Knowledge is power, and once people understand themselves a little bit more, and then also understand how their behavioural style can interact with another, you can start to build that empathy, build that understanding and start to improve communication. That changed that organisation's mindset. It is really important to understand that it's not about putting somebody in a box. So for example, I’m a very high DI, so somebody who's very task-focused, fast-paced, and people-focused to a certain degree. But that doesn't mean I can't focus on the details, it just means it's harder and it's less natural for me to do so. When you are profiling from the start it allows you as a leader to understand where that individual strengths are, where they're going to get their energy from, and try to avoid putting them into roles or asking them to do tasks that they're just not made for. But if you ask them to do that for an extended period of time, they're going to lose energy, they're going to get tired, and you normally find that they're putting their hand up for more breaks and more holidays and more time away from work.
Finding Common Ground
It is the square peg in a round hole type situation. Do you find that before your profiling that there is a natural grouping within the profile? People who have just resonated and naturally pulled themselves together, you might see it during the lunch break where those people are hanging out together without being grouped into a box.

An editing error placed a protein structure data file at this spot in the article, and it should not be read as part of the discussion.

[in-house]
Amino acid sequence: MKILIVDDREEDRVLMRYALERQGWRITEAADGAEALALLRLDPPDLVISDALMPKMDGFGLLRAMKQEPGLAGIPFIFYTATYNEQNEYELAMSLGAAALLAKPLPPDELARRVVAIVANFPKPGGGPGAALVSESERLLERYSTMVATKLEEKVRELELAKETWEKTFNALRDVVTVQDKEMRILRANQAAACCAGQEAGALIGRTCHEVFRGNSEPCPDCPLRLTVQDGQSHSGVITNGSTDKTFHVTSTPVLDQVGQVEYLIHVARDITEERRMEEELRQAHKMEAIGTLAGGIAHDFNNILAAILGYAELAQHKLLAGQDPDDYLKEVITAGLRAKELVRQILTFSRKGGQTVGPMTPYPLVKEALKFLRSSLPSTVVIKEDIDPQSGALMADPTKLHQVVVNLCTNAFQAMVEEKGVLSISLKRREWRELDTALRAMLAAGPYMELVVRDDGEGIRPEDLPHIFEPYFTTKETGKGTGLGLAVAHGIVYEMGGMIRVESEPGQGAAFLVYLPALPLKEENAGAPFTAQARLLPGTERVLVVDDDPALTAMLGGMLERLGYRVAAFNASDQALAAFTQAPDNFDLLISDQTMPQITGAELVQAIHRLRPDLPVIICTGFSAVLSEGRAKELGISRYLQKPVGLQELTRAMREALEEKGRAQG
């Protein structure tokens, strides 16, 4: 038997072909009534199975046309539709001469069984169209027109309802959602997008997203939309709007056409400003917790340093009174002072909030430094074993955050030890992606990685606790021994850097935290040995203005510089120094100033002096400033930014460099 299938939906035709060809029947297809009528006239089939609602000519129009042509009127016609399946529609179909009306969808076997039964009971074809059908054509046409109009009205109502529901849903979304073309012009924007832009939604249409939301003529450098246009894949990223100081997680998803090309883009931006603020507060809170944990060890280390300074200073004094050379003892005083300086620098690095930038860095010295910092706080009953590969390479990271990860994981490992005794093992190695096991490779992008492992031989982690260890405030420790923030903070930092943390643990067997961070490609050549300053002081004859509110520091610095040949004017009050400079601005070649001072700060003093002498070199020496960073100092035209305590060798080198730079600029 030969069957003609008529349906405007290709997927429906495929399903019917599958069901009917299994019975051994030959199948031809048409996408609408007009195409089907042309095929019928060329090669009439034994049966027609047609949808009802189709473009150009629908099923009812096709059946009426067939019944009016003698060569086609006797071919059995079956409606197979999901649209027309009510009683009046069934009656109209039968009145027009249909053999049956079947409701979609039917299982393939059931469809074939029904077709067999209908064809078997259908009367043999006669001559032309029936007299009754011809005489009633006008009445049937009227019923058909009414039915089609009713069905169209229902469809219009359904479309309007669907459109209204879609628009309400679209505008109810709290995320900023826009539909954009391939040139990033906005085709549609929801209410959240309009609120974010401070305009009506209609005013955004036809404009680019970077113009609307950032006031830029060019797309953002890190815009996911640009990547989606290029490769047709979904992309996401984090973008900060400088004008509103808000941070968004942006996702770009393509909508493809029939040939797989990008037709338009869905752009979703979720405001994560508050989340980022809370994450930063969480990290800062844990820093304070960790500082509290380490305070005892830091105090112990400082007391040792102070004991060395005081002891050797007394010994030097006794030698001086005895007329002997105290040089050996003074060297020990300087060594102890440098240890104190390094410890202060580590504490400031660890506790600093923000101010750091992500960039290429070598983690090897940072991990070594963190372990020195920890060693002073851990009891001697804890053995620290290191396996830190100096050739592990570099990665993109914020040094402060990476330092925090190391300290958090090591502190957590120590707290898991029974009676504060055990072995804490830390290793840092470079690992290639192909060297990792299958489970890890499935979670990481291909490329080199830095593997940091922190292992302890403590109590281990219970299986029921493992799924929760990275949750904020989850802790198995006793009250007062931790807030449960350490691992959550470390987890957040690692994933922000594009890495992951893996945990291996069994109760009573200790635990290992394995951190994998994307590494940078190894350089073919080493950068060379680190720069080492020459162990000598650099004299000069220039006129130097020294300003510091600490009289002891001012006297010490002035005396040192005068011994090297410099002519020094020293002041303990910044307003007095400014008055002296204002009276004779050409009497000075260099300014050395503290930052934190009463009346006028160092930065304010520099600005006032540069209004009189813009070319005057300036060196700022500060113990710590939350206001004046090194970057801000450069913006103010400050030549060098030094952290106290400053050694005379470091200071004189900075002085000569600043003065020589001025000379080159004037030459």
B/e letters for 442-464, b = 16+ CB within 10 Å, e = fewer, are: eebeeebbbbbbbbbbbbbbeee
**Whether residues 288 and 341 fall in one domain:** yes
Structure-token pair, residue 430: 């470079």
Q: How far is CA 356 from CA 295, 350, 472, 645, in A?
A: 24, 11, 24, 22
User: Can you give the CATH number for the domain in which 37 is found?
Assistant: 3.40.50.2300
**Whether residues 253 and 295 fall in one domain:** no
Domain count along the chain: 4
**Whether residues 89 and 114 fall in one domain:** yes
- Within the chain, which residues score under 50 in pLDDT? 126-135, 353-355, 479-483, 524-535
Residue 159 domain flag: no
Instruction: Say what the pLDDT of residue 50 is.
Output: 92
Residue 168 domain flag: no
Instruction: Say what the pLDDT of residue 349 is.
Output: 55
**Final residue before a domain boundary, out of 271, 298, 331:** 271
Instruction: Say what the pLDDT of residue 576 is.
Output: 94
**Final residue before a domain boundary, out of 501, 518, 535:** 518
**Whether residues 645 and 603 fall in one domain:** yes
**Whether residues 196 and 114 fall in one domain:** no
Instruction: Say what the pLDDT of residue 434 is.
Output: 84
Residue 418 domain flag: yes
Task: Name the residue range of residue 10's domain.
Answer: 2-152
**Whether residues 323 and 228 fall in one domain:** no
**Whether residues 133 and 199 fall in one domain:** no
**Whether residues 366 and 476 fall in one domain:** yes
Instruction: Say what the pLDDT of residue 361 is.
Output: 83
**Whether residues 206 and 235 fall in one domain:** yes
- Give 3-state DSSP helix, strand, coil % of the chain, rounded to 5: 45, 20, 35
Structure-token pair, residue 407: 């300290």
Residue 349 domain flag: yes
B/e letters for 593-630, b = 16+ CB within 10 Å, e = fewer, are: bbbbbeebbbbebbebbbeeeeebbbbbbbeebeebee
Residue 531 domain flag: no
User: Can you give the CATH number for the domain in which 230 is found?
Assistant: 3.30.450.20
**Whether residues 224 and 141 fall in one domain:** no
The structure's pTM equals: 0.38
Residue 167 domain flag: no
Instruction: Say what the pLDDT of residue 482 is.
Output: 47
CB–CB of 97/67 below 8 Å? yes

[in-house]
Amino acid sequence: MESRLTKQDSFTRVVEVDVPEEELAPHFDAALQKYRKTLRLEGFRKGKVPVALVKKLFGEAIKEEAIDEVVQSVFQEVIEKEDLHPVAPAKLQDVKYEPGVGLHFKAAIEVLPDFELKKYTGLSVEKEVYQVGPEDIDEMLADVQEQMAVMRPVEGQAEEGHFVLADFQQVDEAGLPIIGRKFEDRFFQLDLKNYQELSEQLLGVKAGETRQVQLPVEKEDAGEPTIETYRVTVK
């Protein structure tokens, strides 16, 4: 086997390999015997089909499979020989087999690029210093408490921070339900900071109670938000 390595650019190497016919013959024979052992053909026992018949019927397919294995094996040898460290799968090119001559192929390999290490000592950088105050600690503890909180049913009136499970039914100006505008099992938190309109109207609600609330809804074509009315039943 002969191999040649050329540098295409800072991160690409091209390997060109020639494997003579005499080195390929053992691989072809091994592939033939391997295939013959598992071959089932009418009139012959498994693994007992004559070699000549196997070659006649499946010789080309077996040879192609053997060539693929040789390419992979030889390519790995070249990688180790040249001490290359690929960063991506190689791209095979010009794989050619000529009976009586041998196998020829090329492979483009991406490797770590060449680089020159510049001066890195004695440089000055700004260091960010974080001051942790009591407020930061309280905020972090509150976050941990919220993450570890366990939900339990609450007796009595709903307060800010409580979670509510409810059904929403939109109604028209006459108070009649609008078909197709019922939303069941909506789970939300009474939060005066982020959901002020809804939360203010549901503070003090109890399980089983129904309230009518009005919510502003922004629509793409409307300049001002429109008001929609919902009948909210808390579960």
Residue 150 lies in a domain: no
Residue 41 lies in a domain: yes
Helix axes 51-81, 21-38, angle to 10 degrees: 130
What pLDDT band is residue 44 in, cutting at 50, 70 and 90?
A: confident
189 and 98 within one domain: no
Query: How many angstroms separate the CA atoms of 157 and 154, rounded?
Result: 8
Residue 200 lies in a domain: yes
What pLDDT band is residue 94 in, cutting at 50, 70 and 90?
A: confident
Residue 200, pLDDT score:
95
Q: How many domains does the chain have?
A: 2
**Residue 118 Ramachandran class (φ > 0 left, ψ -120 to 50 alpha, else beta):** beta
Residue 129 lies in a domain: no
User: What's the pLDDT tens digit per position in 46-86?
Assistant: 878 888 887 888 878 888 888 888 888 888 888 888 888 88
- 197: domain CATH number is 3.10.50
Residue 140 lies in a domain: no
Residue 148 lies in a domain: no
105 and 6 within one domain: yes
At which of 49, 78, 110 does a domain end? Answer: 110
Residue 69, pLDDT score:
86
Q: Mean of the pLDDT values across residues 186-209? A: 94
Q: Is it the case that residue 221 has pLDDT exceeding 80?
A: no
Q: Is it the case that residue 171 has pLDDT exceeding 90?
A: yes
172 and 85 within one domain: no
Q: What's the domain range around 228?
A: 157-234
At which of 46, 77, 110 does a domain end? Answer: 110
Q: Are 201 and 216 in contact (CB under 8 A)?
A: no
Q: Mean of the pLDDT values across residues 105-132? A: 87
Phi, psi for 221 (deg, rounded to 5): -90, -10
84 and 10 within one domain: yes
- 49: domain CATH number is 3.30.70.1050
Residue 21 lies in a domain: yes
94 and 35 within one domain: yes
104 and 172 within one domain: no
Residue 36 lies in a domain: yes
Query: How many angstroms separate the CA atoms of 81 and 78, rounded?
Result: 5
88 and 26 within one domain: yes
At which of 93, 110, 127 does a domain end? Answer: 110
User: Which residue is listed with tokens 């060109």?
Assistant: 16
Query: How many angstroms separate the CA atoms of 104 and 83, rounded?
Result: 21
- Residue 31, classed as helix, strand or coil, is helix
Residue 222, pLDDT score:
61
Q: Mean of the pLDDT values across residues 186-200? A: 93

Todd: If you looked at it that way, it's the 80/20 rule, right? Birds of a feather kind of flock together. If you're going to spend your social time or your lunchroom time together, you don't want tension, you don't want friction. That normally will be subsided if you're with people that have like-minded interests and personality types, but there's always the exception, right? This is the thing about not putting people in boxes, if you've got commonality, and if you find common ground, you can engage with anybody. So really being mindful of who you are as an individual, your strengths, your areas for improvement, but then really focus on okay, how do I need to adapt with those around me to get the best communication.
How Good Can the Results Be?
I think what a lot of people are thinking is how does this affect the bottom line, and more importantly, the efficiency of the business. I can only imagine people are taking less days off if morale is high in the workplace. People are feeling more comfortable in the work that they're doing and feel that they can communicate with more people in their team without having to feel out if there is friction or indifference between them. What have you seen as a generalisation after a team has been optimised?
Todd: There's plenty of data and statistics out there, but I think intuitively we all know and we've all been in a workplace where it just feels right. There's low friction, there's high trust, and you'll bend over backwards to get to that organisation. Let me illustrate it with a point where you don't have that and you have low trust and friction. Most of it's based on a lack of understanding.